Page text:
Noise Bill Hearing Garners Wide Community Support

Noise Bill Hearing Garners Wide Community Support

Community residents testified in Manhattan on Monday to support Councilman Eric Ulrich’s proposed “noise” bill, which increases fines and eases NYPD procedures for issuing tickets and confiscating sound equipment.

“Inordinate noise continues to be the leading NYPD-related quality of life complaint made by residents of Community Board 10,” said Betty Braton, chair of the board. “It is our opinion that [the bill’s] passage will add another tool to the NYPD that will assist in more effective enforcement.”

Some residents testified that noise complaints, besides being a nuisance, lead to other quality of life issues.

“In many situations, the noise problem is just the beginning of what leads to other more serious problems and even crimes against property and people,” said Peter Sammon, president of the Neponsit Property Owners Association in the Rockaways.

Ed Wendell, president of the Woodhaven Residents’ Block Association, detailed how loud parties without consequences can lead to tragic results. In a written testimony, Wendell said “inconsiderate hosts” brazenly advertise parties with Twitter messages such as “Party all night!” One such party held in March, which was publicized on Facebook, led to the death of Anthony Collao, who was beaten by several party crashers.

Many Woodhaven residents sent e-mails to Wendell to support his testimony. “A person’s home and backyard should be their haven … not a place to barricade yourself in, with windows and doors shut tight. Even doing that doesn’t shut out the invasive noise,” one resident said.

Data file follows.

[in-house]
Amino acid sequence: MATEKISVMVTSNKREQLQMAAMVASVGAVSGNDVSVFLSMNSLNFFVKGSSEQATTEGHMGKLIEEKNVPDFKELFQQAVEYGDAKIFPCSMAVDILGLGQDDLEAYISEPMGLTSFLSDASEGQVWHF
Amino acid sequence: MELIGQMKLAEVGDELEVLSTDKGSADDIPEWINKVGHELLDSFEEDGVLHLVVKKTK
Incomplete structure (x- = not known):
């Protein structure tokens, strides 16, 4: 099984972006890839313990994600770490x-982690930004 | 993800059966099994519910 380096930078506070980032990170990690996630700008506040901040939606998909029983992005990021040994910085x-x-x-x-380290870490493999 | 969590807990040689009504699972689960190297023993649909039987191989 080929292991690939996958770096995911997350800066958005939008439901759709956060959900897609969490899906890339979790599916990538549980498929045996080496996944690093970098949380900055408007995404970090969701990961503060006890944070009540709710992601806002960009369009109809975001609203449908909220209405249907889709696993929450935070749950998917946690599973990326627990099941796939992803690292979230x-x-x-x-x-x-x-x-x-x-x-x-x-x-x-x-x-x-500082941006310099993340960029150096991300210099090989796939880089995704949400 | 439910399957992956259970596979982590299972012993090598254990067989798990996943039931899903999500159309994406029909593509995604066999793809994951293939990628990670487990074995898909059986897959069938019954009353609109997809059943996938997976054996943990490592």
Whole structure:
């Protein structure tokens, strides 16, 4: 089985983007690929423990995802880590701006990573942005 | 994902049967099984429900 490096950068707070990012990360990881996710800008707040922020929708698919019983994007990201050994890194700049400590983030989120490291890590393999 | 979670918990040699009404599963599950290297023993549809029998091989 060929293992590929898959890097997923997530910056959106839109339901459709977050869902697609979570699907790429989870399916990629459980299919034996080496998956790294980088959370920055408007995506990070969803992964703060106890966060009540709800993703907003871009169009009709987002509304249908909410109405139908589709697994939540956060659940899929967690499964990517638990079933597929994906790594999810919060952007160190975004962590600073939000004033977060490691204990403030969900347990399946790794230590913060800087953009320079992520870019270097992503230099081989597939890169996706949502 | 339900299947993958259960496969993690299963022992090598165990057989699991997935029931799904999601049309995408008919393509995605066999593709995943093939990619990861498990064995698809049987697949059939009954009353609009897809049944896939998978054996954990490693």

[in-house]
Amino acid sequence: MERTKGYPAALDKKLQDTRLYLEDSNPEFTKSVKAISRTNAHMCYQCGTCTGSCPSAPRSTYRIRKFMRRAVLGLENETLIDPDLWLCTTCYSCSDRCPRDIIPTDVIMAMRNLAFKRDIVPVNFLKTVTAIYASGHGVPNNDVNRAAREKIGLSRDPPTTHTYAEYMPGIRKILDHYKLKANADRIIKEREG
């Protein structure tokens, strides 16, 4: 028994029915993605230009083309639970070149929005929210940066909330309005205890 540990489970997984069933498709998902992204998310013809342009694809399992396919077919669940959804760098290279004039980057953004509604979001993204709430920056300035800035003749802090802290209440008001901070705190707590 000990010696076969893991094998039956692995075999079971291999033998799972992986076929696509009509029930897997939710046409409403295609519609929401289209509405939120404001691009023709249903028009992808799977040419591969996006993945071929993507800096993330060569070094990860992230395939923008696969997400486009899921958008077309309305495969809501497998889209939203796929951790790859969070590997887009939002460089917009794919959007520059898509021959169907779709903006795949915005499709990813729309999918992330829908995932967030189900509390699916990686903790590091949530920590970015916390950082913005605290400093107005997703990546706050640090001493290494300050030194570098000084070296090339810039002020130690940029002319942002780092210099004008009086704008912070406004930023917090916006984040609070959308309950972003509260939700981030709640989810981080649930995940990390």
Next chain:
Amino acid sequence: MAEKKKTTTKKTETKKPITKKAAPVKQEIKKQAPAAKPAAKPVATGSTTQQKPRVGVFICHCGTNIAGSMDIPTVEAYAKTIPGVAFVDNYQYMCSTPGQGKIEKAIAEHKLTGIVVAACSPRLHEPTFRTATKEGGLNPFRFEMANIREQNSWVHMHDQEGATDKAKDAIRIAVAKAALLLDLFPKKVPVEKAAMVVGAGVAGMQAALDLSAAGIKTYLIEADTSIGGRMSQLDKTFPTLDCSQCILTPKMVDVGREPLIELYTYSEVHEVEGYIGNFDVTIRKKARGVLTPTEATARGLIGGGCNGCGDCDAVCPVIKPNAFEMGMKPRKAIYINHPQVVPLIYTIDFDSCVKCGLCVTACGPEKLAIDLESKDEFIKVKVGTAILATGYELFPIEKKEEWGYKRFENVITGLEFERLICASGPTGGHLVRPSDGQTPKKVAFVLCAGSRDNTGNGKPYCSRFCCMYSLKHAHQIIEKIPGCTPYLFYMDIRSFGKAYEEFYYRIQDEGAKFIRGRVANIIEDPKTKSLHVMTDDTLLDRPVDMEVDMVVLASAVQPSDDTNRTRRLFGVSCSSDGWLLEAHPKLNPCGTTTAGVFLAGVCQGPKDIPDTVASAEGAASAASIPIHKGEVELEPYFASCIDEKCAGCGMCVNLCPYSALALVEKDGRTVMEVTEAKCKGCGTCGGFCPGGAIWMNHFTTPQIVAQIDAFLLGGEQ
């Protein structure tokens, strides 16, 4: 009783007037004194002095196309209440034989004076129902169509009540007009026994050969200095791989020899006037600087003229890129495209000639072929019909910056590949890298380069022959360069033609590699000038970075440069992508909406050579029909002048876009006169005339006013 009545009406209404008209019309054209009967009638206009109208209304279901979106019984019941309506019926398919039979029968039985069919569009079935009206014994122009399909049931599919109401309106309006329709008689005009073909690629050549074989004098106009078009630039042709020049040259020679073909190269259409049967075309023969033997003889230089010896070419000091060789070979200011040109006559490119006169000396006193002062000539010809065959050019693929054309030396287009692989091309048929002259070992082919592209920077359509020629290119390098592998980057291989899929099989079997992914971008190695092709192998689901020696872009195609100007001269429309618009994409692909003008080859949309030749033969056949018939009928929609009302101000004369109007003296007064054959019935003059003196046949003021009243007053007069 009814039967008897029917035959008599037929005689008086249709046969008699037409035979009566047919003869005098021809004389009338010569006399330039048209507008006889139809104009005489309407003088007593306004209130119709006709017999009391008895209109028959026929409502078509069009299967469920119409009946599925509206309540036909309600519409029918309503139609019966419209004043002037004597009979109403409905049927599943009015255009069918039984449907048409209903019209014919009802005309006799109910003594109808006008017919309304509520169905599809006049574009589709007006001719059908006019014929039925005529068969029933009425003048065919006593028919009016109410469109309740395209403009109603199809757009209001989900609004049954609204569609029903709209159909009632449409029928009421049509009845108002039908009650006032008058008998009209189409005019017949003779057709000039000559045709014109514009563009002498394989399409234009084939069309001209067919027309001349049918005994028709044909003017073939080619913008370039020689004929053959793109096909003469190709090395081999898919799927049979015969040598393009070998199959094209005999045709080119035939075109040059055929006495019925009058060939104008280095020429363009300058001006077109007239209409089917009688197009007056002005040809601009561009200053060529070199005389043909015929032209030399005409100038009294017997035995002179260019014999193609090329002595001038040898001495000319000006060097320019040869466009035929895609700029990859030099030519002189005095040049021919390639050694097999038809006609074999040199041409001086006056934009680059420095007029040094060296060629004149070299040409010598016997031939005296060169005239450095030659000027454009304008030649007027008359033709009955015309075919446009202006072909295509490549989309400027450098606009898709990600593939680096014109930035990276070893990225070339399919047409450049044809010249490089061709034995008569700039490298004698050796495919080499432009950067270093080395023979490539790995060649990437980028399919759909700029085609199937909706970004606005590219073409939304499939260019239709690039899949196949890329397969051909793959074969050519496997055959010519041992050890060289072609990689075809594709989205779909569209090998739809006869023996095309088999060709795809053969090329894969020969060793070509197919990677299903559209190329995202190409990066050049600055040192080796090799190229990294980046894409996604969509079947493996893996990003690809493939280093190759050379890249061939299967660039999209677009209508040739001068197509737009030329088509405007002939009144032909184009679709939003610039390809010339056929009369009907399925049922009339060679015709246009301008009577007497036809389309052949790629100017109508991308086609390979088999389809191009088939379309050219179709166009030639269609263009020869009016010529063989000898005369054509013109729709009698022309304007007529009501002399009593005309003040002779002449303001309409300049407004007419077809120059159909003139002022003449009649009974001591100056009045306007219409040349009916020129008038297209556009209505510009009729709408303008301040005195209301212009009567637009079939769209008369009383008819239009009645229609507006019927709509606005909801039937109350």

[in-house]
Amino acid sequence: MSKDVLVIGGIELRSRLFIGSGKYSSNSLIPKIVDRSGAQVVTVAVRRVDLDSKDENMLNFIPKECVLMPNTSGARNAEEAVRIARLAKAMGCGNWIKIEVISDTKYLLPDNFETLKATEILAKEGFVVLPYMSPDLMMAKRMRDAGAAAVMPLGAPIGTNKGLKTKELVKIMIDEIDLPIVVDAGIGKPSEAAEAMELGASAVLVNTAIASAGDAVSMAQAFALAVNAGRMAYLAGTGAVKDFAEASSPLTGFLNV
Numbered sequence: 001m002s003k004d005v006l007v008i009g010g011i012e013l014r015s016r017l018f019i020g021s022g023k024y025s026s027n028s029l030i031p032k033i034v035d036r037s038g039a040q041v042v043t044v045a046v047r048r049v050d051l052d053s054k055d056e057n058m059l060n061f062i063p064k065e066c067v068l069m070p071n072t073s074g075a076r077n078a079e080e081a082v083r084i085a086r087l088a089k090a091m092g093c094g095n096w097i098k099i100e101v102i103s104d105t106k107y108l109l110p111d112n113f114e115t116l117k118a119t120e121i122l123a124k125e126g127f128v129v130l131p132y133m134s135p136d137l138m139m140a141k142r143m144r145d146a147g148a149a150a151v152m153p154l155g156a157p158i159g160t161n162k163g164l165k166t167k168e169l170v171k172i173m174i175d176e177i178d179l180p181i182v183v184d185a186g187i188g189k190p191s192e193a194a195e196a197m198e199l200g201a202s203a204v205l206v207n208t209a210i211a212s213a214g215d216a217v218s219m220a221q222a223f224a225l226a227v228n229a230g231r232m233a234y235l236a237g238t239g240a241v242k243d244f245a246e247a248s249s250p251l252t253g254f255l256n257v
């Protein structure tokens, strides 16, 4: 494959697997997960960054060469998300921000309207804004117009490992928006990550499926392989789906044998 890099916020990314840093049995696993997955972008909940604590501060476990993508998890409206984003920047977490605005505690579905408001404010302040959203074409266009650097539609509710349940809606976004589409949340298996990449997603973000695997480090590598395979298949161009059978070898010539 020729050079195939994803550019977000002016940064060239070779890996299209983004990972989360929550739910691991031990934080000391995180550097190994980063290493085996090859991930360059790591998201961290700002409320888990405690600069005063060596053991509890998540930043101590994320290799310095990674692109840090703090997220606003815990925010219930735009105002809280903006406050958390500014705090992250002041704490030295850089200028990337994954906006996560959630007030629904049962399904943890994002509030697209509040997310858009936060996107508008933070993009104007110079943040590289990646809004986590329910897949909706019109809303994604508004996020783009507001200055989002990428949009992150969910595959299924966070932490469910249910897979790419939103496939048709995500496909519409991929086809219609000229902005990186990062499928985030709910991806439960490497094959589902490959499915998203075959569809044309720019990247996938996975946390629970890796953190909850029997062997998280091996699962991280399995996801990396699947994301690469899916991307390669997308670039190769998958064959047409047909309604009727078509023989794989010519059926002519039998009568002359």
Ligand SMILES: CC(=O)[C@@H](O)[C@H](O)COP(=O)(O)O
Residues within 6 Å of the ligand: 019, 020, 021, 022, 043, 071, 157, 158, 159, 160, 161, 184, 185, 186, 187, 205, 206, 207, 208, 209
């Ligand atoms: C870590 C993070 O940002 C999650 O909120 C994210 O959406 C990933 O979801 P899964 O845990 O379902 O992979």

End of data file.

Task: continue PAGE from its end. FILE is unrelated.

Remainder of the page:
There was strong support for the bill throughout many of the neighborhoods Ulrich represents.

“This is a working class community where people work all hours of the day. There must be stronger laws passed and enforced so that people may enjoy their homes free of inordinate noise from their neighbors,” said Margaret Finnerty, president of the Richmond Hill South Civic Association.

Ulrich said he hopes the bill will help solve residents’ complaints about noise and enforcement.

“This is a very important issue, not only in my community, but throughout the city. Unlike other quality of life issues, excessive noise infiltrates homes and impacts people on a very personal level,” Ulrich said. “This bill will give the NYPD the tools and resources it needs to ensure a reasonable level of peace and quiet in residential neighborhoods.”

by Eric Yun


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